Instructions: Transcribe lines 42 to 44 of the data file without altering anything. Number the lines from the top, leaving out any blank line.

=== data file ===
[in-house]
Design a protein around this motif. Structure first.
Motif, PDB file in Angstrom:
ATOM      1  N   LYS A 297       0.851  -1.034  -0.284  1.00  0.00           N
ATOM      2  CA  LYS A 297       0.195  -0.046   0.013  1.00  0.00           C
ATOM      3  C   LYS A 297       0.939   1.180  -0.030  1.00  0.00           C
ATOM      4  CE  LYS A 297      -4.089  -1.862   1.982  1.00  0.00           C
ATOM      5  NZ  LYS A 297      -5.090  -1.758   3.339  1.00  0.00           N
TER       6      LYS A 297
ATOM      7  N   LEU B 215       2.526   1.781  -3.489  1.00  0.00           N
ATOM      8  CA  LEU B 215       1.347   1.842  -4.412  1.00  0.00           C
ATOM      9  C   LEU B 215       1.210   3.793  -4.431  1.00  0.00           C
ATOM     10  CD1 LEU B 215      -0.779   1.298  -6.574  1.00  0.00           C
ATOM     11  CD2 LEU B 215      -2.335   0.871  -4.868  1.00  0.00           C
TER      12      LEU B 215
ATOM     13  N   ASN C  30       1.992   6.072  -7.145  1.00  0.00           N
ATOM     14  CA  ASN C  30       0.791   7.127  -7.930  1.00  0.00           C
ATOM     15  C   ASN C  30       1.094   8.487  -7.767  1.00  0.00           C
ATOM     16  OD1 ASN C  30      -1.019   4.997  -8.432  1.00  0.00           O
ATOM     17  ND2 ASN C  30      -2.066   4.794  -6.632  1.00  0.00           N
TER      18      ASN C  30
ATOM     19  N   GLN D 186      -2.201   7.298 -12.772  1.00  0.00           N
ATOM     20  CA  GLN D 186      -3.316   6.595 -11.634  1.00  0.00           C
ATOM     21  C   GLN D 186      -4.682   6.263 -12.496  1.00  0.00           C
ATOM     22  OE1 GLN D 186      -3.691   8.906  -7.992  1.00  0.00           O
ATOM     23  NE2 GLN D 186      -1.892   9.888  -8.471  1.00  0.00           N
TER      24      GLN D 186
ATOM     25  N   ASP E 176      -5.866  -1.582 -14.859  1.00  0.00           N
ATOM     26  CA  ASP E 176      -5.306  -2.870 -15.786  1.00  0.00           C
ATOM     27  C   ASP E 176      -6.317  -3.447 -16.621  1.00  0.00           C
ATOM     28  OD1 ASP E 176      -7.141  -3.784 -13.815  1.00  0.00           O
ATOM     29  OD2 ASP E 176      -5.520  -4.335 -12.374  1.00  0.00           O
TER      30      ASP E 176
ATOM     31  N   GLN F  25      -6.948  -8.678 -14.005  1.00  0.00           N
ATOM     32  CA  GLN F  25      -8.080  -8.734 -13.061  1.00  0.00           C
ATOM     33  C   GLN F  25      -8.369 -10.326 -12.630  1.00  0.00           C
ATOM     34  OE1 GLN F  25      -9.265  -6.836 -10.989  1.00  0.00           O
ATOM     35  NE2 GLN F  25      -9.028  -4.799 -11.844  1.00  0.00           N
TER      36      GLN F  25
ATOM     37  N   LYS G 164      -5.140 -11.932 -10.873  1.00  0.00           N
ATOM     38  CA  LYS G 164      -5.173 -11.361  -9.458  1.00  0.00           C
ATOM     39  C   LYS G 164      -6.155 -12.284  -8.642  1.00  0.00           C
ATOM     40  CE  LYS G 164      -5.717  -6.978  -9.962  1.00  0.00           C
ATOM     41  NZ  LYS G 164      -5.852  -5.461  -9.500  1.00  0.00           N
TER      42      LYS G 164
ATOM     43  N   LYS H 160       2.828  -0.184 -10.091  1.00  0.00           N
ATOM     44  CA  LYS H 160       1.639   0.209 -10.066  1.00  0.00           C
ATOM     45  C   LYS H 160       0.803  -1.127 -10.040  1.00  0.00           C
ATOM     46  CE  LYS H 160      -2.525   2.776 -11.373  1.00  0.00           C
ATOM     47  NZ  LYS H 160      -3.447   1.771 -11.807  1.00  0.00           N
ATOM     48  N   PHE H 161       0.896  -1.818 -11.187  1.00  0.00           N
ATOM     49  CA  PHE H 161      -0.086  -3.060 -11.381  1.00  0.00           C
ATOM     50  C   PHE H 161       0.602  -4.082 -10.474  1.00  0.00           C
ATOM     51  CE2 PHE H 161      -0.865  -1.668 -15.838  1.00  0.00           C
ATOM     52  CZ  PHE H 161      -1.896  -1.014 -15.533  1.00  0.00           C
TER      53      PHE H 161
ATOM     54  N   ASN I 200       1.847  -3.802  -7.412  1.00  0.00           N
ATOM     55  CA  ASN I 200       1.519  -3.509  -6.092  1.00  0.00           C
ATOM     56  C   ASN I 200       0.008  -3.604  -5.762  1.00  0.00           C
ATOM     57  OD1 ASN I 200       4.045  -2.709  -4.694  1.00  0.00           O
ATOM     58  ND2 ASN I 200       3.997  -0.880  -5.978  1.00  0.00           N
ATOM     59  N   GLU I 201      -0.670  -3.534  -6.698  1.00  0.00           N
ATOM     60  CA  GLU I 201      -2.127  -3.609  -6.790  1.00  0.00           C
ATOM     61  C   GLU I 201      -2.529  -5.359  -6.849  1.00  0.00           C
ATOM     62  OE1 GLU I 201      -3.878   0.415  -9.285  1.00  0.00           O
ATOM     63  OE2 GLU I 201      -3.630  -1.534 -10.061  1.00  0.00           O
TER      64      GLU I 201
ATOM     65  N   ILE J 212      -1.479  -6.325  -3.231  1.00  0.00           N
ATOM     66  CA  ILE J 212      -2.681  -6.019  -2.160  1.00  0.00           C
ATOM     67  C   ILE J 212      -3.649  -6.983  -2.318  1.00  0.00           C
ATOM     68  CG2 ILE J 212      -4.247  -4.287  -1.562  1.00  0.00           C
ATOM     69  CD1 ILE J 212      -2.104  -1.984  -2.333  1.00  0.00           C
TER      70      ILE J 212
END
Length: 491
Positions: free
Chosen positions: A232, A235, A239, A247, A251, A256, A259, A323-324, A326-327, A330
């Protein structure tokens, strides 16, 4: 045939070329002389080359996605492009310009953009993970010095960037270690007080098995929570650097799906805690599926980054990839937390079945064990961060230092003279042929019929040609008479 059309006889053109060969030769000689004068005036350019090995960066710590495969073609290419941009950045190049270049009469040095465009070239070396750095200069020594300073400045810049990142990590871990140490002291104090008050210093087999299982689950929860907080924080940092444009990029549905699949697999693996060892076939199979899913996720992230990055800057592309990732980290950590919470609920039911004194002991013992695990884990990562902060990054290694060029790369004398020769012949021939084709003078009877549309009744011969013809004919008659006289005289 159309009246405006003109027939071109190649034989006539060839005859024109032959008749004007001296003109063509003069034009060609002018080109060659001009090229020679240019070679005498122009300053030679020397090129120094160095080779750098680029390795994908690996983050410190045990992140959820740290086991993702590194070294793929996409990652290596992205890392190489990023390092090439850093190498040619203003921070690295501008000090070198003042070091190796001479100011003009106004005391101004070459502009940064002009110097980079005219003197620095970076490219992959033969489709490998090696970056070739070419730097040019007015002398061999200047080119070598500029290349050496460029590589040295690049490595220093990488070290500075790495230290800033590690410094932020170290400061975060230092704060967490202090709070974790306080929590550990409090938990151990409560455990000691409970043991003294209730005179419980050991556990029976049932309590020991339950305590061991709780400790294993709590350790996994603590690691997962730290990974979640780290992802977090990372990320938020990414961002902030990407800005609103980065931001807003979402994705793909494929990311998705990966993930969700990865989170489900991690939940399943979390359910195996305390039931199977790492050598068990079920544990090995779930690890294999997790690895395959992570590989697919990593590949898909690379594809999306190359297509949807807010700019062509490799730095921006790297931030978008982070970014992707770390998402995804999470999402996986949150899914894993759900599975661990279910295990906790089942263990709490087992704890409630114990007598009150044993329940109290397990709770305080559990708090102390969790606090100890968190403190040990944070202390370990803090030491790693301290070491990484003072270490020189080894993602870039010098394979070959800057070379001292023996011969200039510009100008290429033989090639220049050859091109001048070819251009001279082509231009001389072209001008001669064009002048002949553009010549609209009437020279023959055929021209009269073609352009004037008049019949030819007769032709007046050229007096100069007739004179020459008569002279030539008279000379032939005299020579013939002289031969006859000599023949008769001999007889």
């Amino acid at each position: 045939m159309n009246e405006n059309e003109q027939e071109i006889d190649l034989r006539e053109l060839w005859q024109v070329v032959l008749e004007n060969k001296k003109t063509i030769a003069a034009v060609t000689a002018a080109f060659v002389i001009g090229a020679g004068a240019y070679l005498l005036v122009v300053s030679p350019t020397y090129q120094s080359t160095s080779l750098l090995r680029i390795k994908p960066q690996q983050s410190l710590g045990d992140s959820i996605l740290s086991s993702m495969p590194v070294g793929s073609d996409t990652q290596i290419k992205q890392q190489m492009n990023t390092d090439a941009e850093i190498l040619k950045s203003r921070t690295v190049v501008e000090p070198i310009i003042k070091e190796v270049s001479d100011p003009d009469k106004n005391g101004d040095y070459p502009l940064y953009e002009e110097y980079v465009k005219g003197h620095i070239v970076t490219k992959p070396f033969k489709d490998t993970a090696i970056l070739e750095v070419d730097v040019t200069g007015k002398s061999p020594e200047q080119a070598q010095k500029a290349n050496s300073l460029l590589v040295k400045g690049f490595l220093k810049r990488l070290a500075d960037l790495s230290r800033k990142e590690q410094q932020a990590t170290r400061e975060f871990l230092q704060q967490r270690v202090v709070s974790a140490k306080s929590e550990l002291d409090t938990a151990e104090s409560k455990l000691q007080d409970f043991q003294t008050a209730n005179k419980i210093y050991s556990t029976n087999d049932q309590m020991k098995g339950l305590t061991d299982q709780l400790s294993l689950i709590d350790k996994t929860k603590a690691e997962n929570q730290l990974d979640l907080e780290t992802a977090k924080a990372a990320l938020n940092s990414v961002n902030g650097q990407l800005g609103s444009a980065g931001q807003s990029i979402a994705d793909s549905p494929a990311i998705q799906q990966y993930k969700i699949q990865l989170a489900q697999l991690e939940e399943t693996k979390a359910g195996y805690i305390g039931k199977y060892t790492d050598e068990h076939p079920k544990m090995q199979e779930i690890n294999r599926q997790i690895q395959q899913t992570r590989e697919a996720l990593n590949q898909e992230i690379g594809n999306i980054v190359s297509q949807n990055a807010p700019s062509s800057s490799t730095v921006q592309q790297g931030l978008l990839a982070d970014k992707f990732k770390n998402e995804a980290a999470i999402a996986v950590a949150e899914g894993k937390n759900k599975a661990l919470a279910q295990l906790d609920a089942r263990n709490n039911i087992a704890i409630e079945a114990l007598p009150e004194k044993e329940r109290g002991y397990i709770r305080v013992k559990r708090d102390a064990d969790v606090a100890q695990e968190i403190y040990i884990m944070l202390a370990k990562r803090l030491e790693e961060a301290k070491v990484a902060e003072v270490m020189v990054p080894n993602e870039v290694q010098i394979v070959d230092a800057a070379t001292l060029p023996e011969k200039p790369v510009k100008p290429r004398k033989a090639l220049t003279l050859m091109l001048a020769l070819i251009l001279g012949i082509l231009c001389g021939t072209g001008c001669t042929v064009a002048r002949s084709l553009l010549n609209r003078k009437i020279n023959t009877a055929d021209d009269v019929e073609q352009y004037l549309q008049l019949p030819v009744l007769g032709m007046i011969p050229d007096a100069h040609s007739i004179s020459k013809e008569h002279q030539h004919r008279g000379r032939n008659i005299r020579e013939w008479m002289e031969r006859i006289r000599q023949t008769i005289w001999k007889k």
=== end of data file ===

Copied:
ATOM     39  C   LYS G 164      -6.155 -12.284  -8.642  1.00  0.00           C
ATOM     40  CE  LYS G 164      -5.717  -6.978  -9.962  1.00  0.00           C
ATOM     41  NZ  LYS G 164      -5.852  -5.461  -9.500  1.00  0.00           N